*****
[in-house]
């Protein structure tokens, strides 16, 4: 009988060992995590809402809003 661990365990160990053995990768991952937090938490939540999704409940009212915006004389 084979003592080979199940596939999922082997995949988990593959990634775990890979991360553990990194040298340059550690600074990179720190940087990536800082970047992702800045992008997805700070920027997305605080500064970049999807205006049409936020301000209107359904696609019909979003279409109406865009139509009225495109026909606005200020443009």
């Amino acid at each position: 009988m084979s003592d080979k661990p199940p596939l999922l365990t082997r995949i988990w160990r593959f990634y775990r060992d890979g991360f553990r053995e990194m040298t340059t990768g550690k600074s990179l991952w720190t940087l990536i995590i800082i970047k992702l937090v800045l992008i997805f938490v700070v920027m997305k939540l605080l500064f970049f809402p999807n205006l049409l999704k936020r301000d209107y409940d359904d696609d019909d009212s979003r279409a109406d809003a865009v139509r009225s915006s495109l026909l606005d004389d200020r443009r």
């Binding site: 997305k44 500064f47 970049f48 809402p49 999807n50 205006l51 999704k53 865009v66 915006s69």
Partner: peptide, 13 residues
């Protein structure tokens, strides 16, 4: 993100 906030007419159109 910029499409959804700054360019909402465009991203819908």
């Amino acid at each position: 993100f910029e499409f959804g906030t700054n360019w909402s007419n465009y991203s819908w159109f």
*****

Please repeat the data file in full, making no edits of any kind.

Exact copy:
[in-house]
């Protein structure tokens, strides 16, 4: 009988060992995590809402809003 661990365990160990053995990768991952937090938490939540999704409940009212915006004389 084979003592080979199940596939999922082997995949988990593959990634775990890979991360553990990194040298340059550690600074990179720190940087990536800082970047992702800045992008997805700070920027997305605080500064970049999807205006049409936020301000209107359904696609019909979003279409109406865009139509009225495109026909606005200020443009």
């Amino acid at each position: 009988m084979s003592d080979k661990p199940p596939l999922l365990t082997r995949i988990w160990r593959f990634y775990r060992d890979g991360f553990r053995e990194m040298t340059t990768g550690k600074s990179l991952w720190t940087l990536i995590i800082i970047k992702l937090v800045l992008i997805f938490v700070v920027m997305k939540l605080l500064f970049f809402p999807n205006l049409l999704k936020r301000d209107y409940d359904d696609d019909d009212s979003r279409a109406d809003a865009v139509r009225s915006s495109l026909l606005d004389d200020r443009r």
């Binding site: 997305k44 500064f47 970049f48 809402p49 999807n50 205006l51 999704k53 865009v66 915006s69």
Partner: peptide, 13 residues
């Protein structure tokens, strides 16, 4: 993100 906030007419159109 910029499409959804700054360019909402465009991203819908």
């Amino acid at each position: 993100f910029e499409f959804g906030t700054n360019w909402s007419n465009y991203s819908w159109f």